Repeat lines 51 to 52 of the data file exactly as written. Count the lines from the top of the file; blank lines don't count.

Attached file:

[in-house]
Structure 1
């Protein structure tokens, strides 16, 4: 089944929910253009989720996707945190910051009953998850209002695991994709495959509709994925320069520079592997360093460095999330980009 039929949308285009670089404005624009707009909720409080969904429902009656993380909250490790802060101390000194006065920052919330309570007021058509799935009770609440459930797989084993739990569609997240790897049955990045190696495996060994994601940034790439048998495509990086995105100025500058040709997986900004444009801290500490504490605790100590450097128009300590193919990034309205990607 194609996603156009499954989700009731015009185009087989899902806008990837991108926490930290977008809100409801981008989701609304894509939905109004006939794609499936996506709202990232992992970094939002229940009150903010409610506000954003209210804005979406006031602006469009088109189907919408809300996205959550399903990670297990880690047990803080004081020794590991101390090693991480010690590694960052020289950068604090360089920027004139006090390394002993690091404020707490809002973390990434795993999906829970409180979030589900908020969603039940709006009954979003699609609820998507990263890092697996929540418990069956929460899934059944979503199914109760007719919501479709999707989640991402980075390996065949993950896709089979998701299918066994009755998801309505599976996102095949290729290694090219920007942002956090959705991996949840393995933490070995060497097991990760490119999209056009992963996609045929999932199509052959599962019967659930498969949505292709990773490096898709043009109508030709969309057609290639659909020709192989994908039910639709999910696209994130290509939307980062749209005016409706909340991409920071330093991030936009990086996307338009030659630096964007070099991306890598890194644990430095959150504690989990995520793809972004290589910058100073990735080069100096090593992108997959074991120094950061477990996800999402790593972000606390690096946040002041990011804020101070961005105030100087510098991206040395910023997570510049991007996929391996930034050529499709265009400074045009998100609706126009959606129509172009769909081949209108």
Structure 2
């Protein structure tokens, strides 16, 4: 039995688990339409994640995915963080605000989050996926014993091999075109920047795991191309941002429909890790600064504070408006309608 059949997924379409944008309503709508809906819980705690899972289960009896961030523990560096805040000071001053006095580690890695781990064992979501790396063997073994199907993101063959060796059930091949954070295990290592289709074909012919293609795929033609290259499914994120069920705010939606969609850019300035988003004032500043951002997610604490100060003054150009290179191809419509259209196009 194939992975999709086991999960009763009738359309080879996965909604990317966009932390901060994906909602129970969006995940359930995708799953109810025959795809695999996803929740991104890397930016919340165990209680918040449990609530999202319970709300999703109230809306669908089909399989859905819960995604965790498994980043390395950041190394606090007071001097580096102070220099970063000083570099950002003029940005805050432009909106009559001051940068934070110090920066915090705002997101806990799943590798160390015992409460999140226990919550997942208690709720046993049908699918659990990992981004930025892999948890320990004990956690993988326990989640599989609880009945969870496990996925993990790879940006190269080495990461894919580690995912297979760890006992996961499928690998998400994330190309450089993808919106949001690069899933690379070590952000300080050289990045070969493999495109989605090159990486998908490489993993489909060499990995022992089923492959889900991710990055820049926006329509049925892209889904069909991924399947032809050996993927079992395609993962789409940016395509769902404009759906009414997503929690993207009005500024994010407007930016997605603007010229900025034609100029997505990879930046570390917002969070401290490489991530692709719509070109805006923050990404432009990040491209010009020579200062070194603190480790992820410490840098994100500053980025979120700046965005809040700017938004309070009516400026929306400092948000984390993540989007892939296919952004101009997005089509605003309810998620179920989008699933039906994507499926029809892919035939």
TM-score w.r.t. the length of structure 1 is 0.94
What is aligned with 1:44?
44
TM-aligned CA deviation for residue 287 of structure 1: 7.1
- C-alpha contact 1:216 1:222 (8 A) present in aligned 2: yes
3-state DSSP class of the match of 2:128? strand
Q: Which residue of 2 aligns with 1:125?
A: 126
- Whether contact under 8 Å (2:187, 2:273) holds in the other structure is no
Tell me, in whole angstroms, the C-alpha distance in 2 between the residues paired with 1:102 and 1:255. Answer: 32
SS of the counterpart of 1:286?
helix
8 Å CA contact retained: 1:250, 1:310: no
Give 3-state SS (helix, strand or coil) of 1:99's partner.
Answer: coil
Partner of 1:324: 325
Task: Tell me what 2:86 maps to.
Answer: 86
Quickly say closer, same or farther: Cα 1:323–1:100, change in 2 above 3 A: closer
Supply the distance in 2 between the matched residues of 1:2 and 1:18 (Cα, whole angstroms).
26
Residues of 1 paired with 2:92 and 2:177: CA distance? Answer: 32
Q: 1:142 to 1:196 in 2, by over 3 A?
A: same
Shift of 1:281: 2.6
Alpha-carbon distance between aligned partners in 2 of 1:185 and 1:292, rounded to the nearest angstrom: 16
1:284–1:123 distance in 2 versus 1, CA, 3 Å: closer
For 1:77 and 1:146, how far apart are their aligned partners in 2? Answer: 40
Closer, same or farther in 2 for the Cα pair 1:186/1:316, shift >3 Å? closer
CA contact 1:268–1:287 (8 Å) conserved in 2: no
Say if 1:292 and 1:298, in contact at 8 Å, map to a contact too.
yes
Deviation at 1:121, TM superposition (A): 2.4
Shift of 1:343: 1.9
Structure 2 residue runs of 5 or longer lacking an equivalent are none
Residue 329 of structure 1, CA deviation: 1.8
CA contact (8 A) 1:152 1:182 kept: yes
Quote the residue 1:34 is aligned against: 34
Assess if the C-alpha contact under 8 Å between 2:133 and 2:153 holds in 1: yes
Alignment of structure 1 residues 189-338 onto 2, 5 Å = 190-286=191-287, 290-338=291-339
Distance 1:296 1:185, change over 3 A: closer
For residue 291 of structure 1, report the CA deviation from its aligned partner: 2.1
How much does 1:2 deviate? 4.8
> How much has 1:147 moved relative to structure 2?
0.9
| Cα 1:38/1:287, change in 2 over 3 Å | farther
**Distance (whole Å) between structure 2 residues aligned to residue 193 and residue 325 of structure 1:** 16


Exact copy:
| Cα 1:38/1:287, change in 2 over 3 Å | farther
**Distance (whole Å) between structure 2 residues aligned to residue 193 and residue 325 of structure 1:** 16